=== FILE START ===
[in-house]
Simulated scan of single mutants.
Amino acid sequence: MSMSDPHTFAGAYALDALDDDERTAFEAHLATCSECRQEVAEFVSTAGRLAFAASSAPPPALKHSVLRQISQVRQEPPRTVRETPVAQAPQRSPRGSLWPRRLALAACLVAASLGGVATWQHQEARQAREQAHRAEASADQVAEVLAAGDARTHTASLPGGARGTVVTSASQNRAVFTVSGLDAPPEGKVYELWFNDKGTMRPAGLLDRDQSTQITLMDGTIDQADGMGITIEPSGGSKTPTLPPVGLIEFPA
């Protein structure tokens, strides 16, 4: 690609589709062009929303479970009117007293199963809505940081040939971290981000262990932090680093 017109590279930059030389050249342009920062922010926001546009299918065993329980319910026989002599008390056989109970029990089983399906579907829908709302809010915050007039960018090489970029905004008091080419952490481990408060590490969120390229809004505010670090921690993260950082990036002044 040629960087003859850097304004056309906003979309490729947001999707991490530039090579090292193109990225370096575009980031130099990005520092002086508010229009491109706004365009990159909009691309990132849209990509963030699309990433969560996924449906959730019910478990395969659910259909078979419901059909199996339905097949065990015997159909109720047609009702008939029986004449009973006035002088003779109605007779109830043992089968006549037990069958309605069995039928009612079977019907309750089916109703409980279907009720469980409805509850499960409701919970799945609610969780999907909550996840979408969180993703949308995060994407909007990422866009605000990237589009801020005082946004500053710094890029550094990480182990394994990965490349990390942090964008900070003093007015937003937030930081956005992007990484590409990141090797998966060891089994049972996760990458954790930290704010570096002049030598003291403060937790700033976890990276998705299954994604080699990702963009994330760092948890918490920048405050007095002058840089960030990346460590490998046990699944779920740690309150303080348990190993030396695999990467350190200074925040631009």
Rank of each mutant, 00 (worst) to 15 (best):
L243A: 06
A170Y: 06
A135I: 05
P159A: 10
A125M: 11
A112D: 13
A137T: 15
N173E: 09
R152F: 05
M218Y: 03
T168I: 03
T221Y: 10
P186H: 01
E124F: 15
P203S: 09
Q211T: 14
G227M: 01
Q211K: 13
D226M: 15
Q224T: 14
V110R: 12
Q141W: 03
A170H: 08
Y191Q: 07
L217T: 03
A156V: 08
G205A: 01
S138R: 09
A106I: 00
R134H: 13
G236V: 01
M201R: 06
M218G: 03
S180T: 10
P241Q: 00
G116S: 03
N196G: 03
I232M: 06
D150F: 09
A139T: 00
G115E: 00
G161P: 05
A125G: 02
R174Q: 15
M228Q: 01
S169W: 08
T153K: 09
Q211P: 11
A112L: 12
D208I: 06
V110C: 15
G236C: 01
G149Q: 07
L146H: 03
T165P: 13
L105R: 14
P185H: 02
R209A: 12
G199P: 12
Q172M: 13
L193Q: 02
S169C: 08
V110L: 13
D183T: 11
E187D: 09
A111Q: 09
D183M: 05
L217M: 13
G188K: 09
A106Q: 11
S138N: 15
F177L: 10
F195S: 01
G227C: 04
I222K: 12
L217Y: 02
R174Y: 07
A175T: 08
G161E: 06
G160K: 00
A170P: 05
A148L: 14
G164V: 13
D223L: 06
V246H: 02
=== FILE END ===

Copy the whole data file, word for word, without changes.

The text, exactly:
[in-house]
Simulated scan of single mutants.
Amino acid sequence: MSMSDPHTFAGAYALDALDDDERTAFEAHLATCSECRQEVAEFVSTAGRLAFAASSAPPPALKHSVLRQISQVRQEPPRTVRETPVAQAPQRSPRGSLWPRRLALAACLVAASLGGVATWQHQEARQAREQAHRAEASADQVAEVLAAGDARTHTASLPGGARGTVVTSASQNRAVFTVSGLDAPPEGKVYELWFNDKGTMRPAGLLDRDQSTQITLMDGTIDQADGMGITIEPSGGSKTPTLPPVGLIEFPA
């Protein structure tokens, strides 16, 4: 690609589709062009929303479970009117007293199963809505940081040939971290981000262990932090680093 017109590279930059030389050249342009920062922010926001546009299918065993329980319910026989002599008390056989109970029990089983399906579907829908709302809010915050007039960018090489970029905004008091080419952490481990408060590490969120390229809004505010670090921690993260950082990036002044 040629960087003859850097304004056309906003979309490729947001999707991490530039090579090292193109990225370096575009980031130099990005520092002086508010229009491109706004365009990159909009691309990132849209990509963030699309990433969560996924449906959730019910478990395969659910259909078979419901059909199996339905097949065990015997159909109720047609009702008939029986004449009973006035002088003779109605007779109830043992089968006549037990069958309605069995039928009612079977019907309750089916109703409980279907009720469980409805509850499960409701919970799945609610969780999907909550996840979408969180993703949308995060994407909007990422866009605000990237589009801020005082946004500053710094890029550094990480182990394994990965490349990390942090964008900070003093007015937003937030930081956005992007990484590409990141090797998966060891089994049972996760990458954790930290704010570096002049030598003291403060937790700033976890990276998705299954994604080699990702963009994330760092948890918490920048405050007095002058840089960030990346460590490998046990699944779920740690309150303080348990190993030396695999990467350190200074925040631009």
Rank of each mutant, 00 (worst) to 15 (best):
L243A: 06
A170Y: 06
A135I: 05
P159A: 10
A125M: 11
A112D: 13
A137T: 15
N173E: 09
R152F: 05
M218Y: 03
T168I: 03
T221Y: 10
P186H: 01
E124F: 15
P203S: 09
Q211T: 14
G227M: 01
Q211K: 13
D226M: 15
Q224T: 14
V110R: 12
Q141W: 03
A170H: 08
Y191Q: 07
L217T: 03
A156V: 08
G205A: 01
S138R: 09
A106I: 00
R134H: 13
G236V: 01
M201R: 06
M218G: 03
S180T: 10
P241Q: 00
G116S: 03
N196G: 03
I232M: 06
D150F: 09
A139T: 00
G115E: 00
G161P: 05
A125G: 02
R174Q: 15
M228Q: 01
S169W: 08
T153K: 09
Q211P: 11
A112L: 12
D208I: 06
V110C: 15
G236C: 01
G149Q: 07
L146H: 03
T165P: 13
L105R: 14
P185H: 02
R209A: 12
G199P: 12
Q172M: 13
L193Q: 02
S169C: 08
V110L: 13
D183T: 11
E187D: 09
A111Q: 09
D183M: 05
L217M: 13
G188K: 09
A106Q: 11
S138N: 15
F177L: 10
F195S: 01
G227C: 04
I222K: 12
L217Y: 02
R174Y: 07
A175T: 08
G161E: 06
G160K: 00
A170P: 05
A148L: 14
G164V: 13
D223L: 06
V246H: 02